After permitting the prosecution to elicit similar testimony from Jane, the trial judge then stated to the jury: “Ladies and gentlemen of the jury, the testimony of this witness, in its entirety, has been received in evidence for a limited purpose. That purpose is the effect it may have, in your opinion, on the credibility of the testimony of the witness Fred (last name omitted from original).” (P) You are reminded that the defendant here is not on trial for any offense other than the matters on May 8th, 1977, which have been previously explained to you in detail. (P) He is not on trial for any other offense. . . .“
In its instructions to the jury at the conclusion of the evidence and arguments, the court gave a modification of CALJIC Instruction No. 2.50 (1977 Revision), reading as follows: “Evidence has been received tending to show that the defendant committed a crime other than that for which he is on trial. (P) Such evidence was not received and may not be considered by you to prove that he is a person of bad character or that he has a disposition to commit crimes. (P) Such evidence was received and may be considered by you only for the limited purpose of determining if it tends to show one or more of the following: (P) For whatever evidentiary value it may have in your opinion regarding the credibility of the witness Fred (last name omitted from original). (P) For the limited purpose for which you may consider such evidence, you must weigh it in the same manner as you do all other evidence in the case. (P) You are not permitted to consider such evidence for any other purpose.”
It is clear that the trial court's ruling admitting the testimony of Fred, the minor victim, and of Jane, the minor victim's friend, also a minor, regarding defendant's furnishing of marijuana to them on several occasions prior to May 8, was based on only one ground that such evidence was relevant to support the credibility of Fred, the victim, with respect to his testimony relating to defendant's alleged acts on May 8.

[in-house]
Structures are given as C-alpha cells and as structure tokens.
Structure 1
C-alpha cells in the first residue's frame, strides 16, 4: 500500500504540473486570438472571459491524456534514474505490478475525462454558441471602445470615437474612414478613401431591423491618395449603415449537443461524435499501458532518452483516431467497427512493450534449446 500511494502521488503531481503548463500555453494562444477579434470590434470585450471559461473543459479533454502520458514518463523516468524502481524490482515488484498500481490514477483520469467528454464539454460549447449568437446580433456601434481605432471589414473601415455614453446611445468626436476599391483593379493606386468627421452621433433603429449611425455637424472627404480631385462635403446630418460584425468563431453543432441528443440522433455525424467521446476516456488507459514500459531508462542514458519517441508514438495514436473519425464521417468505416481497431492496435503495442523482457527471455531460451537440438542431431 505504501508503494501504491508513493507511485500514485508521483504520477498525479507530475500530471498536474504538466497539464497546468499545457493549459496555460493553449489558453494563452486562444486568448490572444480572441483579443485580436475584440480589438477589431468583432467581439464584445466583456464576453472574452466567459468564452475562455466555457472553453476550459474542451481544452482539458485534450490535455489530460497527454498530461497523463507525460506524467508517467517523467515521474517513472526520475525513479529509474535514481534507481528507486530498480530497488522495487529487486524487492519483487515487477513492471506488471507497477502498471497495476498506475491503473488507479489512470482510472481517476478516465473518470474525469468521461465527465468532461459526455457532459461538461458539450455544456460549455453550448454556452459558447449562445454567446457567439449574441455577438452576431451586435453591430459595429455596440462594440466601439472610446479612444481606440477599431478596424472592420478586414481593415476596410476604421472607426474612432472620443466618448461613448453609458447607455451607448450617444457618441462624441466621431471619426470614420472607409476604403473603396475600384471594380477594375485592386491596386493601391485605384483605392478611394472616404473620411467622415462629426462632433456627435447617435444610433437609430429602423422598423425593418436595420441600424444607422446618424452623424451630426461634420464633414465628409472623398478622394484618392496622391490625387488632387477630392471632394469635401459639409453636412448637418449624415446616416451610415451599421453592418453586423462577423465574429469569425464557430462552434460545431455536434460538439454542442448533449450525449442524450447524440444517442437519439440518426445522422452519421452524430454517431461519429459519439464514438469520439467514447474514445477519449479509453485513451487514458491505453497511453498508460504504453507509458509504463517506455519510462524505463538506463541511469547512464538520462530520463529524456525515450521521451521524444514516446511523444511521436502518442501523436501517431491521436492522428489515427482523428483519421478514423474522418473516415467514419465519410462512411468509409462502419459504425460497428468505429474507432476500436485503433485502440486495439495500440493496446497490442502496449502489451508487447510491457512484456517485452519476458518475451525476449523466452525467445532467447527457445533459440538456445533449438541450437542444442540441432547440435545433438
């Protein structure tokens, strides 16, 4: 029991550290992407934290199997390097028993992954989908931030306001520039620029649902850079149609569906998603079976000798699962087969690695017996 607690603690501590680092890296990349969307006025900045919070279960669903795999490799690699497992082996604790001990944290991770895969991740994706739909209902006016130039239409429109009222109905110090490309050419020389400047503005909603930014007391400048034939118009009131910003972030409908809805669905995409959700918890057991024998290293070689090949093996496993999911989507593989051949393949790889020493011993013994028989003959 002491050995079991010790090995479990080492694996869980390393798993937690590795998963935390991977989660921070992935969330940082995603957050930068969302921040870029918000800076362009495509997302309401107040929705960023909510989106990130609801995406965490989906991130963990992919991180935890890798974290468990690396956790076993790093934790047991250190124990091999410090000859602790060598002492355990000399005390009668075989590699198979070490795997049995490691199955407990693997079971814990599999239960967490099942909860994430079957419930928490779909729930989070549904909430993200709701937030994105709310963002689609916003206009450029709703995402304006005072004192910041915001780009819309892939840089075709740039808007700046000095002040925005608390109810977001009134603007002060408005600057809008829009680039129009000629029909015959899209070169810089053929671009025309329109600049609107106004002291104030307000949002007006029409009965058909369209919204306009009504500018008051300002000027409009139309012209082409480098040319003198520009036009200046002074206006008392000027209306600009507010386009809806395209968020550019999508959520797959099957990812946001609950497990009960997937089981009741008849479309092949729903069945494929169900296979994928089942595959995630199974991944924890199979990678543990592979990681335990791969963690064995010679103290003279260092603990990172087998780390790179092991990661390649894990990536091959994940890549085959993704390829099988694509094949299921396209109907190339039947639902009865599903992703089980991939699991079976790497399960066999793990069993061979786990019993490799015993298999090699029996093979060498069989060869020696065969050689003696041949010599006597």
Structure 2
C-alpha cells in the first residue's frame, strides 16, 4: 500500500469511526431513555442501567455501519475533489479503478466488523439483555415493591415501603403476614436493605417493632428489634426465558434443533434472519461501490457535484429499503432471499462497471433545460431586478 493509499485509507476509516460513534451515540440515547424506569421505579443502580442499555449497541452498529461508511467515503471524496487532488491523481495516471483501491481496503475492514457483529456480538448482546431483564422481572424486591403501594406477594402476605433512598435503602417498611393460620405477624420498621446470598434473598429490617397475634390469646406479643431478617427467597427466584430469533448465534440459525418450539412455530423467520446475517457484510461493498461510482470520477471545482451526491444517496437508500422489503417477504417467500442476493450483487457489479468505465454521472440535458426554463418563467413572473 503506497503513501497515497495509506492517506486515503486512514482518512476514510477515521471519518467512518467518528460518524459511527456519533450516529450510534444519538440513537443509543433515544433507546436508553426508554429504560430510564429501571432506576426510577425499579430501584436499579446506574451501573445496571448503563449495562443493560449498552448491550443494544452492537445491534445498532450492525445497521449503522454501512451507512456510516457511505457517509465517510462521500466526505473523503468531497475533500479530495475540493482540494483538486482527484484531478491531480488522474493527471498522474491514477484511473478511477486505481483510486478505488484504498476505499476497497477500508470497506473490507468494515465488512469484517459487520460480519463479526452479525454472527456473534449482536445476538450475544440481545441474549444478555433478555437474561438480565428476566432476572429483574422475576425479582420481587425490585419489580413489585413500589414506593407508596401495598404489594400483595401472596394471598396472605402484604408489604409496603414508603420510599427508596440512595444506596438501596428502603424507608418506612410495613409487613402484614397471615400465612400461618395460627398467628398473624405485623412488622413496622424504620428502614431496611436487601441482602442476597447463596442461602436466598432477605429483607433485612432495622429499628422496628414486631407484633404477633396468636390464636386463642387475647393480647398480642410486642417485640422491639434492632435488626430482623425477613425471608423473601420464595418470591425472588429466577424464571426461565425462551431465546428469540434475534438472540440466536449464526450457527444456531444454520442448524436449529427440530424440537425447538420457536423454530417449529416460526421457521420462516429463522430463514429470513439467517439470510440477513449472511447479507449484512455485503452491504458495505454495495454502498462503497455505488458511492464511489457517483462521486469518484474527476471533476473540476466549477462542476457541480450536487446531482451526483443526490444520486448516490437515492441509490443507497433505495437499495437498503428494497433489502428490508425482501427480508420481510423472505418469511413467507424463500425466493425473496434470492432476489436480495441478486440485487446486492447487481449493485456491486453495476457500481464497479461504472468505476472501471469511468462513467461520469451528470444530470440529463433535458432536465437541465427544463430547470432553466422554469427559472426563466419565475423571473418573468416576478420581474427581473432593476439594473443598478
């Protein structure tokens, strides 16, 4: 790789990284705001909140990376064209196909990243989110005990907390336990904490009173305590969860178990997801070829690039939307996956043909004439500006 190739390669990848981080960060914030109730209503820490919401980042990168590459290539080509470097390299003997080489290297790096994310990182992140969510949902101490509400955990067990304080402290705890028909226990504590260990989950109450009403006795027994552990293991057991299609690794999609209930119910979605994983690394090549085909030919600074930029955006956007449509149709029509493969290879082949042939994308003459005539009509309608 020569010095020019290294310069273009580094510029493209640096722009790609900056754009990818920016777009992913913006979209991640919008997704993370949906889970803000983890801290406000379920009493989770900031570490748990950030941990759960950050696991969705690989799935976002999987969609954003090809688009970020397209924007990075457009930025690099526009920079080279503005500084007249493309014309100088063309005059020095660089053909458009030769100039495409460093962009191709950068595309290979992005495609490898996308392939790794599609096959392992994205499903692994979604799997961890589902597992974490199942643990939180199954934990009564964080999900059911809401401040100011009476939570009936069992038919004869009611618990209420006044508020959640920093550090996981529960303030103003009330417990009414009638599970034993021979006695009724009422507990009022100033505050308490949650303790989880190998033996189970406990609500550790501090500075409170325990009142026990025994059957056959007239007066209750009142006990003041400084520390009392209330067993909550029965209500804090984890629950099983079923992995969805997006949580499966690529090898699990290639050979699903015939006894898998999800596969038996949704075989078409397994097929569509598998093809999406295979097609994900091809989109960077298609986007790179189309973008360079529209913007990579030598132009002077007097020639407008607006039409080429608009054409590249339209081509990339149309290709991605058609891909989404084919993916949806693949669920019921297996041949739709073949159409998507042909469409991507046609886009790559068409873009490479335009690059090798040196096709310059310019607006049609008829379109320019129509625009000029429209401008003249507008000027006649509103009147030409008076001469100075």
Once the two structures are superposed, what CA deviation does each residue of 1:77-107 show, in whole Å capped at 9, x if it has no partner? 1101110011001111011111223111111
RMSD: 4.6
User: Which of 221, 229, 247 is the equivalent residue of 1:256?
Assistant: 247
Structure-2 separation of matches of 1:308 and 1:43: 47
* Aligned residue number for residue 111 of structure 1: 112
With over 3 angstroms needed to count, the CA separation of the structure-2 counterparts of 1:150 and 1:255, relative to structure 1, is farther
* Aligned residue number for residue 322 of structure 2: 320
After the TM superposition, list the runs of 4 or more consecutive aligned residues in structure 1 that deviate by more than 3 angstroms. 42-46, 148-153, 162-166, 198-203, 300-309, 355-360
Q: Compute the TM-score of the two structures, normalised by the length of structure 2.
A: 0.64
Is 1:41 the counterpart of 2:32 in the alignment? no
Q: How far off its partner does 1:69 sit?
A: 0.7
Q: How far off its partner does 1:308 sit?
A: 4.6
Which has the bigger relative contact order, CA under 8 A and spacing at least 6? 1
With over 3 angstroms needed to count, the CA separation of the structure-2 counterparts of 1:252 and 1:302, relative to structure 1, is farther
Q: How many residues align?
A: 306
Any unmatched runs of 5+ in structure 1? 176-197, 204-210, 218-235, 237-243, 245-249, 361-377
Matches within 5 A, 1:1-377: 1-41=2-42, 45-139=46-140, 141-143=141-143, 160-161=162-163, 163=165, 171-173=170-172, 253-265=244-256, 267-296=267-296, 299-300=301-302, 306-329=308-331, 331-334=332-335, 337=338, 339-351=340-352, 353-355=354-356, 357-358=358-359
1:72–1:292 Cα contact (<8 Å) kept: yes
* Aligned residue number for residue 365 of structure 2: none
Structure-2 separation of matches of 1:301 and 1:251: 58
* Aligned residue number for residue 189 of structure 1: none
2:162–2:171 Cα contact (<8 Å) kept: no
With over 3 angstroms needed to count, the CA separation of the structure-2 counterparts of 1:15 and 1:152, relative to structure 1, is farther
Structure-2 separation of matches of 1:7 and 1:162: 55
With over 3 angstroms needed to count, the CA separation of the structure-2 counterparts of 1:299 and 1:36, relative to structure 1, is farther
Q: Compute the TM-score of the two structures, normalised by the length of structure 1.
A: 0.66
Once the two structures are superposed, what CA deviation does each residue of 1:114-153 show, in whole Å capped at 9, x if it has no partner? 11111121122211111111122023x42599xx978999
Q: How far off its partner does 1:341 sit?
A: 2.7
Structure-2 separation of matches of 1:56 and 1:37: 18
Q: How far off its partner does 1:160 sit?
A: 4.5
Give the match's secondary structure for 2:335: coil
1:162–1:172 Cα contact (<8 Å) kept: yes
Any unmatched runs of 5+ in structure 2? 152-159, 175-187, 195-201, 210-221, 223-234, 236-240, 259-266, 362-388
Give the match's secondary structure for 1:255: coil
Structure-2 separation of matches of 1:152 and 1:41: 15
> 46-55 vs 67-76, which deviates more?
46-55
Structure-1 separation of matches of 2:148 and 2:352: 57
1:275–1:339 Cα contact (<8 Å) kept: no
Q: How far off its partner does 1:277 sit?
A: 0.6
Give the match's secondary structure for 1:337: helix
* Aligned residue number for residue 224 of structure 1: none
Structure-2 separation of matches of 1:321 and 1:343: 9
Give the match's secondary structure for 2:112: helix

Accordingly, we limit our discussion to the one significant evidentiary point involved in the case at bench.
We start with a recognition that the question of the admissibility of evidence that defendant committed acts of misconduct on occasions other than the occasion of the offense charged against him still presents one of the most troublesome and unsettled features that we face today in the field of criminal evidence. We analyze first the various statutory provisions relating to this problem set forth in the Evidence Code.
Evidence Code section 1101, subdivision (a), provides generally that evidence which establishes a person's character or trait of character, such as evidence that a person has committed crimes or acts of misconduct on certain occasions, is inadmissible when offered to prove his conduct on a specified occasion. However, subdivision (b) of Evidence Code section 1101 provides for the admissibility of character trait evidence in the form of evidence of wrongful acts or crimes committed by a person on various occasions if such evidence is relevant to prove some fact other than such person's disposition or propensity to commit such acts. The nature of these other facts as relevant facts to be proved apart from the fact of the person's propensity or disposition to commit such criminal acts is not described in subdivision (b) of Evidence Code section 1101 except by way of illustrations “such as motive, opportunity, intent, preparation, plan, knowledge, identity, or absence of mistake or accident”; such a listing is obviously not intended to be all-inclusive.
Whenever the prosecution seeks to introduce evidence that a defendant in a criminal case committed crimes or other acts of misconduct on occasions other than the occasion of the offense for which defendant is on trial whether such other crimes be committed with the same or other victims the serious issue is presented of whether such evidence comes within the framework of Evidence Code section 1101, subdivision (b), as having a relevancy to prove some fact other than defendant's propensity or disposition to commit such criminal acts.